ROCK ‘N’ MAILBAG #4: Chris Mess

Welcome to the fourth installment of my semi-irregular series Rock ‘N Mailbag! For a few months now, I’ve been getting solicitations via email from independent artists wishing me to review their albums.  I’m not sure how these people are finding me, but rather than dismiss them, I’ve decided to listen to them and give them a little love.

It’s been awhile since I fired up the old rock ‘n’mailbag so I decided to dip in and see what was inside. Back in March, I got an email from Chris Niccoli who headlines a Seattle-based glam rock band Chris Mess. First off, this band gets immediate points for having a pun-band name. I thought that perhaps that Chris Mess was a person but once I said it out loud a few times I got the joke. The Chris Mess Bandcamp page describes the band as “A bit loud Cheap Trick strut, with a smattering of absurdity and vocal craziness a la Queen, The Darkness, Ziggy-era David Bowie, and The Sweet.” I’d agree with that assessment and say that band’s sound is definitely reminiscent of all the bands mentioned. There’s a fun throwback quality to the band’s sound that I dig.

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Chris’s vocals aren’t quite as wild and crazy as bands like The Darkness, but there’s some high-pitched wailing going on. The CHRIS MESS EP is seven songs, five originals, one cover (David Bowie’s “Suffragette City”), and an acapella version of the first track. The production is clean and modernizes the band’s sound enough so you can tell that Chris Mess is a modern artist and not of the era they’re repping. I really enjoyed “Bong for your Mom,” which has a groove and some sweet harmonies. According to the Bandcamp site, the track is about Seattle’s cannabis scene. I also really enjoyed the manic, unhinged “Vitamin D” though I wished it was just a smidge heavier. The same goes for “Don’t Make Me Hate,” which is an okay track that could have been an A+ effort with a little less Queen and a little more Black Sabbath.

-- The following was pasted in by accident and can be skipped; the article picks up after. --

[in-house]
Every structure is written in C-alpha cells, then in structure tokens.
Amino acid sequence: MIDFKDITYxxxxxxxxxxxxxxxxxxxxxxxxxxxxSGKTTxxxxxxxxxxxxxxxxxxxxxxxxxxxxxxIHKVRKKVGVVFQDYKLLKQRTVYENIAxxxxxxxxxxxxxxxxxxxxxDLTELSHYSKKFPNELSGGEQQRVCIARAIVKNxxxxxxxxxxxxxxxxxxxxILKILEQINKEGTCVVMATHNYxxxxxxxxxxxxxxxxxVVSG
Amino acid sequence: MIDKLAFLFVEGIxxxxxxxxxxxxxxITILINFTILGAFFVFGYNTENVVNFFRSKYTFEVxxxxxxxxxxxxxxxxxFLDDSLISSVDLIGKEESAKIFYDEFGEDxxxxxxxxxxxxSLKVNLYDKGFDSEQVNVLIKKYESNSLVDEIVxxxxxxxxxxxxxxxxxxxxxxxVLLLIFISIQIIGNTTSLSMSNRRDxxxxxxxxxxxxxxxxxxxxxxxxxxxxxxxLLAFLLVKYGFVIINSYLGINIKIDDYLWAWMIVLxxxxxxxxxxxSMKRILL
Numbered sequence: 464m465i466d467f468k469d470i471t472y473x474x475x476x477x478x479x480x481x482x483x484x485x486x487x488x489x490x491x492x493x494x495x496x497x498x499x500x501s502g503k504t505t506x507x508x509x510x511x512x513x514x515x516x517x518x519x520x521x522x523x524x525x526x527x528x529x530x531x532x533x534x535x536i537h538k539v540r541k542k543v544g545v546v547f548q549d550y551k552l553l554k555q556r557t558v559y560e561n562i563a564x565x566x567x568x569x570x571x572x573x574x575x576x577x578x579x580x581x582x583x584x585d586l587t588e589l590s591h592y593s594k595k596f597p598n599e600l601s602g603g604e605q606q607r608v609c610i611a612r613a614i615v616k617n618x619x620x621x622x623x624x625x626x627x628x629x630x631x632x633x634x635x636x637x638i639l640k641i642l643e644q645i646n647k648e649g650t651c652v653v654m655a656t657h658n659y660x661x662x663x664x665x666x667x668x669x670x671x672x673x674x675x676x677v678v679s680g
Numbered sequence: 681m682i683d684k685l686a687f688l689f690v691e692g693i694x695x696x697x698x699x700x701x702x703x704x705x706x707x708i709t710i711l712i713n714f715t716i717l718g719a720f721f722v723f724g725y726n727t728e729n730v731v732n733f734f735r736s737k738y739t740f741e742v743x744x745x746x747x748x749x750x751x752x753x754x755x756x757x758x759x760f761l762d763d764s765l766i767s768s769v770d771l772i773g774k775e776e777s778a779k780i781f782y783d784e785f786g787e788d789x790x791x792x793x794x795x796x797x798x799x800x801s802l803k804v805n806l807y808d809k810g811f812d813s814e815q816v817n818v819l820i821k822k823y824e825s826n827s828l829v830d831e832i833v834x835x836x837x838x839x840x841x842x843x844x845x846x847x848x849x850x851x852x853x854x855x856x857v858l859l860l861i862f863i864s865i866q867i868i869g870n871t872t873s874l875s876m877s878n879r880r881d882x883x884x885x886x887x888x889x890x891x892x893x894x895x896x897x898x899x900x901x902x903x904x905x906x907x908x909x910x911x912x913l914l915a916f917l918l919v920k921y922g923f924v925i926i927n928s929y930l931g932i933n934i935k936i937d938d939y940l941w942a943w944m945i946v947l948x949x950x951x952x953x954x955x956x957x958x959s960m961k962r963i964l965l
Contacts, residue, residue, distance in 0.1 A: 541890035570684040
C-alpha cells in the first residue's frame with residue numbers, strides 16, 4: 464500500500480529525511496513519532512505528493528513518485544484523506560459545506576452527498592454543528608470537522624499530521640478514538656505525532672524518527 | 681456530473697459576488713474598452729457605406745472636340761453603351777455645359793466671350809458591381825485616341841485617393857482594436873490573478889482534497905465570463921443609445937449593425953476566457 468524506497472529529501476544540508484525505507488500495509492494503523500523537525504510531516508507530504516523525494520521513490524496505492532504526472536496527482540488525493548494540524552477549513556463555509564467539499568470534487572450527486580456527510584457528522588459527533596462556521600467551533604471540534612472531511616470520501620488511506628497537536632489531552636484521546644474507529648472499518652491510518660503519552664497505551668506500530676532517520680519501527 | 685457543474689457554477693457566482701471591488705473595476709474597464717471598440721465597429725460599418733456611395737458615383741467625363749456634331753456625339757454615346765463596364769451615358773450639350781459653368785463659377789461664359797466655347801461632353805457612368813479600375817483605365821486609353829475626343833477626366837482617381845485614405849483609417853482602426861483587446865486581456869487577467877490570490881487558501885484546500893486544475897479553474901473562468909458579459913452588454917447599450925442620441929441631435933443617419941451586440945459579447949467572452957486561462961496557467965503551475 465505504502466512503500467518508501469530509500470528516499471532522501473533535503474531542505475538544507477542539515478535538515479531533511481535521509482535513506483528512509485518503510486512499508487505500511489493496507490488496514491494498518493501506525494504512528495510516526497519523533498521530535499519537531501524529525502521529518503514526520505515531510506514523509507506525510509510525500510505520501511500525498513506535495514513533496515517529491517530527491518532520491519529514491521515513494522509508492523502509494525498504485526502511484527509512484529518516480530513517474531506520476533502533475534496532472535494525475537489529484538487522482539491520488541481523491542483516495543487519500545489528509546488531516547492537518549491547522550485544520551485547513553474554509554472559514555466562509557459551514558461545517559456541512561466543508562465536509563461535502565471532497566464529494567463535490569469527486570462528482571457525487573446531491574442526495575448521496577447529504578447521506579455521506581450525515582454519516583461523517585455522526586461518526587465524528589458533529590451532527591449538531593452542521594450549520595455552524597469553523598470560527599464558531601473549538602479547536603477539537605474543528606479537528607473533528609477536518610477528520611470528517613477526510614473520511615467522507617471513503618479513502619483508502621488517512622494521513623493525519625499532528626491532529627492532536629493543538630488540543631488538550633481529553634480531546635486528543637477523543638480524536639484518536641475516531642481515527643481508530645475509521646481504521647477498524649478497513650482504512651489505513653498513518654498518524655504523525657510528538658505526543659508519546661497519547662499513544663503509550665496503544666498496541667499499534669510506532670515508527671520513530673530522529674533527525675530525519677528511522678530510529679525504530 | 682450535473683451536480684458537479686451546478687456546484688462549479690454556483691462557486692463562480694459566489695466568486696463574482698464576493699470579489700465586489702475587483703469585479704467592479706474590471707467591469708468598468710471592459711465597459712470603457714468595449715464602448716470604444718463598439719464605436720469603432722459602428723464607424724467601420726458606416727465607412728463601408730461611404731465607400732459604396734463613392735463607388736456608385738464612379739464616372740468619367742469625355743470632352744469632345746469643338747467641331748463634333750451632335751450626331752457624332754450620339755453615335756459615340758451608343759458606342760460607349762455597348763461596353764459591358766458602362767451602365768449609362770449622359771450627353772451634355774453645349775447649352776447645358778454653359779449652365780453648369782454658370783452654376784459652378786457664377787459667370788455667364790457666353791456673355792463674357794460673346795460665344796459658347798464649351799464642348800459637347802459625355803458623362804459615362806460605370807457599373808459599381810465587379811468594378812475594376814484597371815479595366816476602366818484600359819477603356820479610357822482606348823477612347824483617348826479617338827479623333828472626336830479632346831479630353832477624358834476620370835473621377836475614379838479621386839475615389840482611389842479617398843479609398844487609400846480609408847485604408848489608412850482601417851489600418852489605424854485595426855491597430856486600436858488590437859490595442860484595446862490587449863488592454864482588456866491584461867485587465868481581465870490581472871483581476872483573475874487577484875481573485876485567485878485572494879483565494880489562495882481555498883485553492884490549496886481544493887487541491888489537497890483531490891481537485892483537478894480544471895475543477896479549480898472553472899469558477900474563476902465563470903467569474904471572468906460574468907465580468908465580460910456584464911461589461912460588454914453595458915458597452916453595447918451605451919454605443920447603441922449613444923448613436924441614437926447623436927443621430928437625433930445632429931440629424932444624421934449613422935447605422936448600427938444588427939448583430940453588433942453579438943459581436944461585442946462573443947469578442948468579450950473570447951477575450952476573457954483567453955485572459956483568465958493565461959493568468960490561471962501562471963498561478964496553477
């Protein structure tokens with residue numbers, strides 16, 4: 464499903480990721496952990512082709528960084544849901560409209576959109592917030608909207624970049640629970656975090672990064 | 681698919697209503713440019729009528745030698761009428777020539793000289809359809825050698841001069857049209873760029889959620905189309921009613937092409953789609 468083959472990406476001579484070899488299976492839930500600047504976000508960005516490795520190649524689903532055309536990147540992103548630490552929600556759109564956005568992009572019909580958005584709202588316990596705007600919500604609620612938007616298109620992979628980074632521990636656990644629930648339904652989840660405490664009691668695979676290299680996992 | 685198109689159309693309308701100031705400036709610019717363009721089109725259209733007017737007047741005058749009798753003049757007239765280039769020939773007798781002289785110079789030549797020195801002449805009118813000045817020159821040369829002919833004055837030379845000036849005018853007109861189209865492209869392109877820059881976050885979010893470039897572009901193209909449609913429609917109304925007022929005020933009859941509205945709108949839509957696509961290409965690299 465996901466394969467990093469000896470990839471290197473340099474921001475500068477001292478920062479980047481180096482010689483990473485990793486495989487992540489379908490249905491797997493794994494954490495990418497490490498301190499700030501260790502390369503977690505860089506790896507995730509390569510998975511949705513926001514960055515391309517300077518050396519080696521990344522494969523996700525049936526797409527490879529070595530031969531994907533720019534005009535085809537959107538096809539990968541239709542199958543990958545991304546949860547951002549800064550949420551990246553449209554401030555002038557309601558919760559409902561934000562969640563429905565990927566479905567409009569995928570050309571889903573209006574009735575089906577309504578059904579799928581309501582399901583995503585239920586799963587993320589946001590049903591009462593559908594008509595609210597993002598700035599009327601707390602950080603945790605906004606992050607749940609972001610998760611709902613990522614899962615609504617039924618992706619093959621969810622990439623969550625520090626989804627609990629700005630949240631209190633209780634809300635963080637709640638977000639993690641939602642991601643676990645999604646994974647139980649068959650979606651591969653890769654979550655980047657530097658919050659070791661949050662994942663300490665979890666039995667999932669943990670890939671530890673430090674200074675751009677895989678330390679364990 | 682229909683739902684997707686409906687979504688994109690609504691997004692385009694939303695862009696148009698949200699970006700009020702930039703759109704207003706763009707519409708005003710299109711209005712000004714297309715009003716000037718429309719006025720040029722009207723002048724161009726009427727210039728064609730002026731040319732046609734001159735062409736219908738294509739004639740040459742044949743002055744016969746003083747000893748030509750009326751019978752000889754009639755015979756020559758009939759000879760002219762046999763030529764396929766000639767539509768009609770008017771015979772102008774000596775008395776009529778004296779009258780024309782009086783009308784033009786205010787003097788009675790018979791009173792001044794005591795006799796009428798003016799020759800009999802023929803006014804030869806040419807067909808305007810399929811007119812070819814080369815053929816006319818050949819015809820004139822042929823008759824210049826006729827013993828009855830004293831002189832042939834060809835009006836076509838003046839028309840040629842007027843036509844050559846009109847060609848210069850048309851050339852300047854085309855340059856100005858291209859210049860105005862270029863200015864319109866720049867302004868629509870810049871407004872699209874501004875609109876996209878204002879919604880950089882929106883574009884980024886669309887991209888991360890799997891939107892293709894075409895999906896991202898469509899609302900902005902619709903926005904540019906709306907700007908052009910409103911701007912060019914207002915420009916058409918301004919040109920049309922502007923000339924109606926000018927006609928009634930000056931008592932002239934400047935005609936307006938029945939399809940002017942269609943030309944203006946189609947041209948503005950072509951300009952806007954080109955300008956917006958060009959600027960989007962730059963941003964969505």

The Bowie cover is a nice tribute, but I have disagree with the band’s description that the track is “revved up.” It’s a  serviceable effort but doesn’t strike me as a particularly juiced-up version of the song. I think Chris Mess would have been better served by paying tribute to The Thin White Duke by perhaps choosing a more obscure song. Again, there’s nothing bad about their version, it just didn’t do much new and (of course) pales in comparison to the original.

Overall, the CHRIS MESS EP is hands down one of the better things sent into the ROCK ‘N’ MAILBAG. The original songs show real promise and the band seems adept at blending their influences together. I’d be interested to see the band live and hear a proper album from this band.

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